Generalized potentiometric maps of the Fort Union, Hell Creek, and Fox Hills aquifers within the Standing Rock Reservation
Generalized potentiometric surfaces of the Fort Union, Hell Creek, and Fox Hills aquifers were constructed to assess the groundwater resources of the Standing Rock Reservation. Additionally, this information can provide water managers with tools and data to effectively manage water resources in the future. Previous studies that mapped the geology and hydrogeology of the area at differing scales were used to confirm in which aquifer the study wells were completed. Water-level data from wells are provided by the U.S. Geological Survey Groundwater System Inventory database, the South Dakota Department of Agriculture and Natural Resources, and the North Dakota Department of Water Resources. Hydrographs were constructed for five selected observation wells to evaluate historical water-level fluctuations and trends. Hydrographs for the Hell Creek aquifer showed a flat trend with a rise in 2020. Hydrographs for the deeper Fox Hills aquifer showed that water levels fluctuated in response to climatic conditions and demonstrated an increasing trend in water-level elevations starting in 2010. Hydrographs were not constructed for any wells completed in the Fort Union Formation because none of the wells had continuous long-term measurements.
Generalized potentiometric surfaces, constructed from interpolating water-level elevations, gave insight into groundwater flow directions. Groundwater in the Fort Union aquifer likely flows radially outward from the northwest part of the study area to the northeast and south-southeast parts. Groundwater in the Hell Creek aquifer generally flows from higher elevations in the northwest towards lower areas, where surface-water tributaries have incised into the aquifer. Groundwater in the Fox Hills aquifer likely flows from higher elevations in the west, southwest, and central parts of the study area towards the valleys of the Grand River and Missouri River.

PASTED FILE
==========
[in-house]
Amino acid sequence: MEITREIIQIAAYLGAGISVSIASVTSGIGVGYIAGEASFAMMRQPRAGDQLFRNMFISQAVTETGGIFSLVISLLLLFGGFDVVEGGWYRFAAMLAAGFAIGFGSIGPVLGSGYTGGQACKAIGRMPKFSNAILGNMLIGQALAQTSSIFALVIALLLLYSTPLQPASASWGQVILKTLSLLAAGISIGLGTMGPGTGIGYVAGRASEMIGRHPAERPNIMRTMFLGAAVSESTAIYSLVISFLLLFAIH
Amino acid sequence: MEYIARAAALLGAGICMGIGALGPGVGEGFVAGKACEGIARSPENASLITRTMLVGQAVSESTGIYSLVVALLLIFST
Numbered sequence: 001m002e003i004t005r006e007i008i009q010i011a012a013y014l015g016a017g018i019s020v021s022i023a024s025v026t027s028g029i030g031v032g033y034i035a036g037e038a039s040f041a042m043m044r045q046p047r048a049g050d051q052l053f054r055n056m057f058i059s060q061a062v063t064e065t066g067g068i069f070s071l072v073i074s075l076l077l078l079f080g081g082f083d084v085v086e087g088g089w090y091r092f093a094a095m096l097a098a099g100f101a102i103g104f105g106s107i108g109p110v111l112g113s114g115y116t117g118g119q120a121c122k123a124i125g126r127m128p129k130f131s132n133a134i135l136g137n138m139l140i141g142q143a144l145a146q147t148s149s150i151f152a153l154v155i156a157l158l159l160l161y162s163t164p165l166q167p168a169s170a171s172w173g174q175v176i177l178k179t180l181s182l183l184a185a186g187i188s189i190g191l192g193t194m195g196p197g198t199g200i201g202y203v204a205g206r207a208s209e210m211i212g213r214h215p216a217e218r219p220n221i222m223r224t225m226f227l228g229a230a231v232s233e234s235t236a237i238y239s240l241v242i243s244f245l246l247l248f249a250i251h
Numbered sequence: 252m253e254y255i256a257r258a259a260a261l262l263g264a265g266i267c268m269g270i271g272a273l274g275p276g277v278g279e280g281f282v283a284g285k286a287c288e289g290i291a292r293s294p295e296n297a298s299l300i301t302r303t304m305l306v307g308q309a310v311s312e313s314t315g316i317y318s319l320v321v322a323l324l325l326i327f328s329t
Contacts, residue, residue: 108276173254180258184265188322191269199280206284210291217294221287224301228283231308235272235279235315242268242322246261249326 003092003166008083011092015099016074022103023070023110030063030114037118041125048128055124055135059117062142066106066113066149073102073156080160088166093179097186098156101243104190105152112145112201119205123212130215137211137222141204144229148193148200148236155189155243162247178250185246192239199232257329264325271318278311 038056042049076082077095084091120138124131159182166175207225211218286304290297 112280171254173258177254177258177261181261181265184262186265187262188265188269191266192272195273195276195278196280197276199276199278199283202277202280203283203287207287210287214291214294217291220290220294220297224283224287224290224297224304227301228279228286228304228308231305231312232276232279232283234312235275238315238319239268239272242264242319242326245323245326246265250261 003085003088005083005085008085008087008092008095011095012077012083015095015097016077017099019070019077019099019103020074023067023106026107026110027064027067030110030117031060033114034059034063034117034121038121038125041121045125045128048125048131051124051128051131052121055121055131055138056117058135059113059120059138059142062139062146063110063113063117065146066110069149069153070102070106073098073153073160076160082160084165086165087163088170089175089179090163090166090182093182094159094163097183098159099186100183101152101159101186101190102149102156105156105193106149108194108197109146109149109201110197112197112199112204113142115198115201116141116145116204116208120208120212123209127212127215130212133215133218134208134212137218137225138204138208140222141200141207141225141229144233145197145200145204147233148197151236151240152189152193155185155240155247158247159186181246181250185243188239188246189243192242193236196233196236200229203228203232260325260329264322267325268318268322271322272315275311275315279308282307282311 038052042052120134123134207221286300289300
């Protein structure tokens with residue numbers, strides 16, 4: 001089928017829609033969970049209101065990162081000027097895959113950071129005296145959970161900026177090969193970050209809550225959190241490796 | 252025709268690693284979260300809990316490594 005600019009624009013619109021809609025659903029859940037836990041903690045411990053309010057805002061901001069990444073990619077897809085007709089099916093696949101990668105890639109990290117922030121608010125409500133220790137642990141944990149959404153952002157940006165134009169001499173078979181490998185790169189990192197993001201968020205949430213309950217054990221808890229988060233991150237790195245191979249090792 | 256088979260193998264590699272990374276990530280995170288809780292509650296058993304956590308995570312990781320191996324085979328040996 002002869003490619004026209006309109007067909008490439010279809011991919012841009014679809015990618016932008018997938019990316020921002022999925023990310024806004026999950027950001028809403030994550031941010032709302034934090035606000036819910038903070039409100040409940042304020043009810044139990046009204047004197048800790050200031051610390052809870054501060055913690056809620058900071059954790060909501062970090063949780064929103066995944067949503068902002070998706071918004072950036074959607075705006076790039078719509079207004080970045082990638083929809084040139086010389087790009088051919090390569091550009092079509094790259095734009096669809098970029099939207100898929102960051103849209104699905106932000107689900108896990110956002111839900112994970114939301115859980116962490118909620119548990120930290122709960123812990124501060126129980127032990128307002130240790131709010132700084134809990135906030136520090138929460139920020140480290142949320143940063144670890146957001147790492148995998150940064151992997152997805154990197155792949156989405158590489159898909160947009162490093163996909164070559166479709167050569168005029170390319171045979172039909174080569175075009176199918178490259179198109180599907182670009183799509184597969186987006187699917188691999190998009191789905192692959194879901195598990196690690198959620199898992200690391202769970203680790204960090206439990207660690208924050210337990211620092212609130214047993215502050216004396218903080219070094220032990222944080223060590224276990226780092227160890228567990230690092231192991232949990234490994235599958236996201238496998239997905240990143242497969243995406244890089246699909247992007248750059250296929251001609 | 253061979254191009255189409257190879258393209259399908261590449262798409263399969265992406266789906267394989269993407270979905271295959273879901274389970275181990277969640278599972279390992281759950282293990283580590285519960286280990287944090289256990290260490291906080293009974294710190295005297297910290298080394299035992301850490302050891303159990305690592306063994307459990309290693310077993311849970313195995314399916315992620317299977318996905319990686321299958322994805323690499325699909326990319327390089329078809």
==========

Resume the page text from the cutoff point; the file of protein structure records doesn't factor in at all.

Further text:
Most wells used for constructing potentiometric maps had only one recorded water-level measurement from drillers at the time of well construction. These measurements are often subject to error because the well is still recovering and because of spatial limitations of data availability. Also, because single water-level measurements were recorded at different points in time, additional uncertainty is introduced by fluctuating climatic conditions effect on water levels. Potentiometric map interpretation limitations are a result of areas with sparse data. Limitations also arise from potentiometric surfaces generalizing a complex and dynamic hydrogeologic system; however, the generalized potentiometric surface maps can be used to assist water managers and can help prioritize locations for future monitoring in areas with high uncertainty from sparse existing data.
|Generalized potentiometric maps of the Fort Union, Hell Creek, and Fox Hills aquifers within the Standing Rock Reservation
|Todd M. Anderson, Robert F. Lundgren
|USGS Numbered Series
|Scientific Investigations Map
|USGS Publications Warehouse
|Dakota Water Science Center